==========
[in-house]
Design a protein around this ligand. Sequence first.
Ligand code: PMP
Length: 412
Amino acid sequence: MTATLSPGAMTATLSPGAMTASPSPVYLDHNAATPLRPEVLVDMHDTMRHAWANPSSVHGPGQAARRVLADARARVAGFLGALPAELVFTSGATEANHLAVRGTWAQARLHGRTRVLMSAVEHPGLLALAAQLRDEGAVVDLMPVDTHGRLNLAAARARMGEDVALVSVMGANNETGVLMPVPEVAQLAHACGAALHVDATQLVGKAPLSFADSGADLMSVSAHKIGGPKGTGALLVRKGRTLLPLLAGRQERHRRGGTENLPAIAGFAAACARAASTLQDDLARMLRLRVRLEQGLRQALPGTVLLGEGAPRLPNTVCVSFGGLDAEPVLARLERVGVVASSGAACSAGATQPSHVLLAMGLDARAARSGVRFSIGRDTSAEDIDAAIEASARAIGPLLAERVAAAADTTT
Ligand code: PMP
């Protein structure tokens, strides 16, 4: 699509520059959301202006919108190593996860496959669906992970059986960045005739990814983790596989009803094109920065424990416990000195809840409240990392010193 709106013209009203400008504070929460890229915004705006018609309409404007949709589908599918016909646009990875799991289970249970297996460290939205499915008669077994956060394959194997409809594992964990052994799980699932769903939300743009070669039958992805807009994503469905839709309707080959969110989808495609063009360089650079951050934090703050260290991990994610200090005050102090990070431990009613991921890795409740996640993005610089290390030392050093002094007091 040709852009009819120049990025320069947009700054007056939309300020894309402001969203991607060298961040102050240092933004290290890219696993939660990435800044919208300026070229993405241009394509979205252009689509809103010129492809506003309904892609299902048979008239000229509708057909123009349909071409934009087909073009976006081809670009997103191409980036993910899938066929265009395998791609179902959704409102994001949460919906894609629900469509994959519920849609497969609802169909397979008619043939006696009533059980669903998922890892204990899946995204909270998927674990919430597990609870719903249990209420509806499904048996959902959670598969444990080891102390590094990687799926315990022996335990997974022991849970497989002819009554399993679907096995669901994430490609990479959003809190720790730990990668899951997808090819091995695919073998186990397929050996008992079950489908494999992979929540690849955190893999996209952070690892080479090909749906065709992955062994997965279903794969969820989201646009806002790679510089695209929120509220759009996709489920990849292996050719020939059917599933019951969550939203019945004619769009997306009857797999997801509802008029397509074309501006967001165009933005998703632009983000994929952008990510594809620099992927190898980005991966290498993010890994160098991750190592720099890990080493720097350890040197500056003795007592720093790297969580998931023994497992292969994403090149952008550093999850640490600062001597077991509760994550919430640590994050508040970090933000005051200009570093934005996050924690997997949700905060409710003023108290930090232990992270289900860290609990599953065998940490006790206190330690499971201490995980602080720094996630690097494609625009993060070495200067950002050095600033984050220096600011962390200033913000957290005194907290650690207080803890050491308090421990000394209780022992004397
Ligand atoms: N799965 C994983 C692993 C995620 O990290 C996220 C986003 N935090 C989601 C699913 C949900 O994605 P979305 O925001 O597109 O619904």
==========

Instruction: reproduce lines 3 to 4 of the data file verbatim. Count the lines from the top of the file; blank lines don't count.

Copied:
Ligand code: PMP
Length: 412